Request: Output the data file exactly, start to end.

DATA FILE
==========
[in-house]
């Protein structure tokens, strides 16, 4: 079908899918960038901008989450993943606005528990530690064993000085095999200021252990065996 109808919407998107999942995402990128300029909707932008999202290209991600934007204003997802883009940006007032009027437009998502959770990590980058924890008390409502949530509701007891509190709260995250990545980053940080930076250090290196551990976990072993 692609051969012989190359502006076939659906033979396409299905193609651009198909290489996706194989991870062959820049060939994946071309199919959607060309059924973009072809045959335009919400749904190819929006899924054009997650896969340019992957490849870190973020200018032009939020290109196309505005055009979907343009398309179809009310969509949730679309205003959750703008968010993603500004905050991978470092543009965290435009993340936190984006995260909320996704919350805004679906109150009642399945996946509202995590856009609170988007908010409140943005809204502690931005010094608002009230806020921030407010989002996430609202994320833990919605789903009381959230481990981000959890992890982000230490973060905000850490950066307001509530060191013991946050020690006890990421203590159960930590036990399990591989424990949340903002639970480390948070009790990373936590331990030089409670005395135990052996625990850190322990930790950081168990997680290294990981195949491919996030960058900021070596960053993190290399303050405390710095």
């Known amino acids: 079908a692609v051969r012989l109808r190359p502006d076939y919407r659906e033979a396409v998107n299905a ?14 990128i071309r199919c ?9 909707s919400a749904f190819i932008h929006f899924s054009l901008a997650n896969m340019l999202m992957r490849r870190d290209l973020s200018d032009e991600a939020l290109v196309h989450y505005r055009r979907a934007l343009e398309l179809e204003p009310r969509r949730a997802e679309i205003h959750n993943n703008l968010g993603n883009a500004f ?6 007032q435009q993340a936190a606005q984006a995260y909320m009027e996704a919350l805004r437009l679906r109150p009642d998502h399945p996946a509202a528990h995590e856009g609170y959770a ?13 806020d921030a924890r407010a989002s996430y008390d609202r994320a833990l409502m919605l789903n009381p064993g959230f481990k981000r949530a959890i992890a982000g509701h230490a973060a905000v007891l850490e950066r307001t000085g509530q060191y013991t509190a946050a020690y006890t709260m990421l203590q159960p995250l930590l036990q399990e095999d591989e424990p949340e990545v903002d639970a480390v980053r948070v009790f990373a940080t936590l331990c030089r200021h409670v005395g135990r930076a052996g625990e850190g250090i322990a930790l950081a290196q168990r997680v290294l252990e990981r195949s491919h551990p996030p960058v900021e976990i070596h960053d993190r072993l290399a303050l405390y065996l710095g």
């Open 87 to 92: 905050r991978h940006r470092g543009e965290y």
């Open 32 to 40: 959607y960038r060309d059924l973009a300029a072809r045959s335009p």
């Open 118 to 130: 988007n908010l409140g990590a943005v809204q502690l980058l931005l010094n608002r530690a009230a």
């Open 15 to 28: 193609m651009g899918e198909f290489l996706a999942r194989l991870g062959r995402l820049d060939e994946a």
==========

[in-house]
């Protein structure tokens, strides 16, 4: 079908899918960038901008989450993943606005528990530690064993000085095999200021252990065996 109808919407998107999942995402990128300029909707932008999202290209991600934007204003997802883009940006007032009027437009998502959770990590980058924890008390409502949530509701007891509190709260995250990545980053940080930076250090290196551990976990072993 692609051969012989190359502006076939659906033979396409299905193609651009198909290489996706194989991870062959820049060939994946071309199919959607060309059924973009072809045959335009919400749904190819929006899924054009997650896969340019992957490849870190973020200018032009939020290109196309505005055009979907343009398309179809009310969509949730679309205003959750703008968010993603500004905050991978470092543009965290435009993340936190984006995260909320996704919350805004679906109150009642399945996946509202995590856009609170988007908010409140943005809204502690931005010094608002009230806020921030407010989002996430609202994320833990919605789903009381959230481990981000959890992890982000230490973060905000850490950066307001509530060191013991946050020690006890990421203590159960930590036990399990591989424990949340903002639970480390948070009790990373936590331990030089409670005395135990052996625990850190322990930790950081168990997680290294990981195949491919996030960058900021070596960053993190290399303050405390710095």
């Known amino acids: 079908a692609v051969r012989l109808r190359p502006d076939y919407r659906e033979a396409v998107n299905a ?14 990128i071309r199919c ?9 909707s919400a749904f190819i932008h929006f899924s054009l901008a997650n896969m340019l999202m992957r490849r870190d290209l973020s200018d032009e991600a939020l290109v196309h989450y505005r055009r979907a934007l343009e398309l179809e204003p009310r969509r949730a997802e679309i205003h959750n993943n703008l968010g993603n883009a500004f ?6 007032q435009q993340a936190a606005q984006a995260y909320m009027e996704a919350l805004r437009l679906r109150p009642d998502h399945p996946a509202a528990h995590e856009g609170y959770a ?13 806020d921030a924890r407010a989002s996430y008390d609202r994320a833990l409502m919605l789903n009381p064993g959230f481990k981000r949530a959890i992890a982000g509701h230490a973060a905000v007891l850490e950066r307001t000085g509530q060191y013991t509190a946050a020690y006890t709260m990421l203590q159960p995250l930590l036990q399990e095999d591989e424990p949340e990545v903002d639970a480390v980053r948070v009790f990373a940080t936590l331990c030089r200021h409670v005395g135990r930076a052996g625990e850190g250090i322990a930790l950081a290196q168990r997680v290294l252990e990981r195949s491919h551990p996030p960058v900021e976990i070596h960053d993190r072993l290399a303050l405390y065996l710095g």
């Open 87 to 92: 905050r991978h940006r470092g543009e965290y």
């Open 32 to 40: 959607y960038r060309d059924l973009a300029a072809r045959s335009p």
């Open 118 to 130: 988007n908010l409140g990590a943005v809204q502690l980058l931005l010094n608002r530690a009230a």
């Open 15 to 28: 193609m651009g899918e198909f290489l996706a999942r194989l991870g062959r995402l820049d060939e994946a």